August 22, 2009, would remain memorable in the annals of the people of Yakurr Local Government Area and indeed the entire Cross River State. That day, drums were rolled out to celebrate the Leboku, New Yam Festival in the council.
Before now, Leboku, which means, a period for celebration in Ugep language had been an exclusive affair of Yakurr communities for celebration and thanksgiving to God and the ancestral spirits of the land for granting them a successful half year harvest of yams from the farms.
August every year is chosen for the celebration, a period that coincides with the harvest of the new yam.
For this year's celebration, tourists and lovers of culture converged at the acclaimed most culturally densely populated village in Africa to witness the annual festival. The celebration took place at the Peace Stadium, Ugep, the headquarters of the local government area.
It commenced with Governor Liyel Imoke of Cross River State and wife, Obioma, decked in traditional Monikim attire, paying the traditional homage to the Obol-Lopon of Yakurr and the Paramount Ruler of Yakurr Local Government Area, Obol Ubi Ujong Inah at his palace to seek free entry as well as partake in the event.
At the palace, while paying homage to the paramount ruler of Yakurr, Imoke said Leboku is the celebration of the harvest of yams, the celebration of handwork, and celebration of womanhood.
He added that though the new yam festival is celebrated in most parts of the state, that of Yakurr has gained prominence and recognition from the state government as one of the programmes in its yearly tourism Calendar. The recognition, he observed, is due to the nature of its celebration by the Yakurr people.
Imoke noted that Leboku is fast gathering attraction as a tourism package, more so as the organisation of the event on annual basis keeps improving.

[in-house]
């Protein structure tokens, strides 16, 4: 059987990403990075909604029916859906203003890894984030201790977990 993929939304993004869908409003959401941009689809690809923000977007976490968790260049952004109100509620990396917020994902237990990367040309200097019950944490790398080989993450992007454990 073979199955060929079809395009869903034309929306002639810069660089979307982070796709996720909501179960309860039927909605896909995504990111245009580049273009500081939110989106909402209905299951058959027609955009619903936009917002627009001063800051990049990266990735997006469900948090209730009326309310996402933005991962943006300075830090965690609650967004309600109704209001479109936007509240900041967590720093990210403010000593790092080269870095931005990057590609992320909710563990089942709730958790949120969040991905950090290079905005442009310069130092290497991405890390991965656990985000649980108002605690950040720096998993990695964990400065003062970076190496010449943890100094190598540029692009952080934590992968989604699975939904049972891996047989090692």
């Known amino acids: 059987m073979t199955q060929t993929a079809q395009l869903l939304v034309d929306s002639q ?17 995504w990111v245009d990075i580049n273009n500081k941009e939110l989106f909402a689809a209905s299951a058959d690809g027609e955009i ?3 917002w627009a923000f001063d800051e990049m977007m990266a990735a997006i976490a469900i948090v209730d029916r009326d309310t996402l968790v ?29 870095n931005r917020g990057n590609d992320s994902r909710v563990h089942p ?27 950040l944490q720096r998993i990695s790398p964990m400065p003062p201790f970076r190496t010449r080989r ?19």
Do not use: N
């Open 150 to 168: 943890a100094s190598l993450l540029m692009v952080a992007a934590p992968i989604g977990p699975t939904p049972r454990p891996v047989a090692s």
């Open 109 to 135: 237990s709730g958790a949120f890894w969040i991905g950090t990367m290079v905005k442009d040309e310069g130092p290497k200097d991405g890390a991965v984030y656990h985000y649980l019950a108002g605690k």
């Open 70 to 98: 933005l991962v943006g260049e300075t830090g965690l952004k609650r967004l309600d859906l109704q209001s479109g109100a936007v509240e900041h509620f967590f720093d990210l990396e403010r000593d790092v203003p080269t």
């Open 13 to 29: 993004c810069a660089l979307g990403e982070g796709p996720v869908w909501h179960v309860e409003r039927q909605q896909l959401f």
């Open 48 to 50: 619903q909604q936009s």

He pledged that the state government would continue to work with the people of Yakurr to make it an international cultural festival, stressing that every thing about Leboku would be taken beyond the shores of the state.
The governor commended the visitors for celebrating with the people, especially the Rivers State governor, Rotimi Amaechi for gracing the occasion.
In his remarks, the paramount ruler described Leboku as an annual celebration that can be likened to the annual St Valentine Celebration, and commended those involved in ensuring the success of the new yam festival.
He explained that the festival has been celebrated by the Yakurr communities since the 16th century when the people migrated from Umohen to their present localities.
The monarch applauded Imoke for improving the star prizes for Miss. Leboku, Mr. Leboku and the Best Yam Harvester. He used the visit to appeal to the state government to inherit the various tourist sites abound the area; site an institution of higher learning there to boost economy of scale as well as create an Ugep Urban Area as it has met the requirements.
To make the Ugep more suitable for the celebration of Leboku, Inah told the governor that the place and the entire areas that make up Yakurr are confronted with problems that require urgent solution from government. He listed the problems of the area to include, increase in cult activities, increase in armed robbery, youth restiveness, perennial inter communal wars, rumour mongering, chieftaincy disputes and petition writing.
He also raised issues bothering on security and called on the three arms of government in the state to join forces with the relevant agencies to wipe out the vices in the area. The monarch also enjoined the police to increase its patrol of the area.